When the baby arrives, you world turns upside down. Not only does your perspective change, but you would do anything for your baby and suddenly you are watching her/his every move, worrying that they might get injured somewhere as they explore the world around them.
Also, you are more aware of what they eat and how they behave. You don’t want to keep anything in your home that might be harmful for your kid and that is completely understandable. And yet, there comes a time when you need to renovate a room or paint a crib or your home.
And you must be wondering how to do it safely. Do paint and the invisible fumes that come from it hurt your kid in any way? The smells aren’t pleasant for you either, but you can stand a couple of days of strong paint odor.
Therefore, if you are to do some painting and you have a baby at home, here’s what you need to know:
1. If you can, take the baby to your grandparents’
No matter which paint you are going to use (and we will discuss that shortly), the best solution would be to take the baby to your grandparents’ for a day or two. If your parents or in-laws live close by, this is an ideal situation for everyone involved.
First of all, you would get some free time to do what’s necessary in your home and paint the crib, without watching over your kid. This will make you be more efficient and you can focus on the task at hand. Secondly, even if the paint is baby-safe, you wouldn’t have to worry about them accidently touching it or sticking their hands in the can.
Last but not least, the grandparents will enjoy spending some time with their grandson/daughter and if something pops up you can always visit and see the kid. Instead of worrying whether the paint is safe for your baby or not, you clear all the confusion from the start!
2. Use baby-safe paints
If you can, you should use baby-safe paints. However, if you’re a new parent, you probably have no idea what are we talking about. And that’s completely OK.
Whether painting a crib is your DIY project, or you are calling someone to assist you, make sure you buy pain with is labeled as no-VOC or VOC-free. What is VOC?
It is an acronym for volatile organic compounds and regular paints have small amounts. However, there are specially made paints that are designed for baby rooms and that’s something to ask for. The good news is that there is a variety of colors, just like with regular paints, so you have nothing to worry about.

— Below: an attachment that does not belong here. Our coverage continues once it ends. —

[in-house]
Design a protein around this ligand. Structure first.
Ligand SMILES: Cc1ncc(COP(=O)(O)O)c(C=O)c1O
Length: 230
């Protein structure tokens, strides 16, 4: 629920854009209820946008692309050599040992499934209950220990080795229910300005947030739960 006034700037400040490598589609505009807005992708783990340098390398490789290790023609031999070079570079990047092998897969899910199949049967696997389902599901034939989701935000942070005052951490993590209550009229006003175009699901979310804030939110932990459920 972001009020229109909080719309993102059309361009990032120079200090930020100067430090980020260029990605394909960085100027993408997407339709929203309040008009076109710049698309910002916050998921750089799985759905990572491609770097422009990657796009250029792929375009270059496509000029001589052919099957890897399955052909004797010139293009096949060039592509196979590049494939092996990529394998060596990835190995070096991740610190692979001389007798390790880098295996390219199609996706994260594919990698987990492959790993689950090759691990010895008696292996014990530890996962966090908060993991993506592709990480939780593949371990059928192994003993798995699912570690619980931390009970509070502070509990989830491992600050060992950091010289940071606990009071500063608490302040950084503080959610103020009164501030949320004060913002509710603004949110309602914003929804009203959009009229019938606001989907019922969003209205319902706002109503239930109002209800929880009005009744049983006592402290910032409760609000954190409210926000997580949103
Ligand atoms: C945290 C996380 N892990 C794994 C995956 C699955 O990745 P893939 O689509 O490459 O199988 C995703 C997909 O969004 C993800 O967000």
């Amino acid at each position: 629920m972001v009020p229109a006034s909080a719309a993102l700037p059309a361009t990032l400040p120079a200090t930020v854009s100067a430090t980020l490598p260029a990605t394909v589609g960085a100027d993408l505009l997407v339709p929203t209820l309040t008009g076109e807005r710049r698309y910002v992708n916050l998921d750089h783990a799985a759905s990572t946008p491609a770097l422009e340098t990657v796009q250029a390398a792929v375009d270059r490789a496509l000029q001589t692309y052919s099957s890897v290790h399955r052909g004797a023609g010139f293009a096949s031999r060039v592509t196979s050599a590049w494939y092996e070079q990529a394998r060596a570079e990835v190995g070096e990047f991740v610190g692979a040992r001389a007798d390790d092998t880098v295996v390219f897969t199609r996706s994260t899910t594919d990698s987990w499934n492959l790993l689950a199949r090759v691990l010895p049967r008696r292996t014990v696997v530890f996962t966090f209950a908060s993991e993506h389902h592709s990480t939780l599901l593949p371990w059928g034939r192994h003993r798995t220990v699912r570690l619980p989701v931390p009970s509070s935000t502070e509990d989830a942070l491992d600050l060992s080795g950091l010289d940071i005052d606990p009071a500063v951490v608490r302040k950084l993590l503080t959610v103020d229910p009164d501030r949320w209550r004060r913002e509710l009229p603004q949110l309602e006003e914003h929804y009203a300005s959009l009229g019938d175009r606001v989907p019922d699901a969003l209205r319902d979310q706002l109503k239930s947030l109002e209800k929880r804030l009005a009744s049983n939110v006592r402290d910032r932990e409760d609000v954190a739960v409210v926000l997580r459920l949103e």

These are a part of the water-based paints, but there are also natural paints, which are slightly different, but based on the same principle. If you are not sure which paint to go for, Playparachutes.com has come up with the list that can help you out! Make sure you check it out before you progress.
3. Avoid Lead-based paints
One of the dangerous elements that paints contain is lead. This hasn’t be known in the past, but lead is something even adults should avoid. Of course, very small amounts of lead cannot do any harm, but for a baby, even smaller amounts might cause problems.
There’s a way to test the paint for lead. The baby-friendly paints we have discussed above should be lead-free, but it doesn’t cost you anything to go one step forward and make sure everything is ok. The problem is if your toddler scrapes of the paint and put their hand in their mouth.
When the paint dries off, there is a very small chance for something like this to happen, but you can never be too cautious.
4. Do the work outside
Keep in mind that you are not only painting the crib. If you found some old crib in the attic (yours perhaps) you need to strip off the old finish and sand it before you start painting. If you have the option, do the work outside, in your backyard.
The reason for it is that the sun will help the paint dry off more quickly and the mess that you will make will be outside your home, therefore, easier to clean later on.
We understand that not everyone has a yard and people in the apartments might find this an issue. If you live in a city and you have nowhere to go but your home, you can speed up the process by opening the windows and causing an intensified air flow. That way, your crib will dry off more quickly.
Something else you can do is isolate yourself in a room and do all the work there. This is a must if the baby is with you – don’t let it approach the paints! The easiest way to do it is to keep it in the next room, of course with someone looking after her.
When you are painting something in your home (we used a crib for the purpose of this article) and you have a baby around, you need to be more alert than you already are. There are some things to do to minimize risks that are involved. As we’ve said, your baby can spend some time outside your home (if that is possible).
When it comes to paint itself, make sure you inspect the label and look for “no-VOC”. Ask the store if they can recommend you some paint if you are not sure what you are looking for. Last but not least, do your work outside or in a separate room. That way, you will be able to focus more easily and it is the safest way for your baby.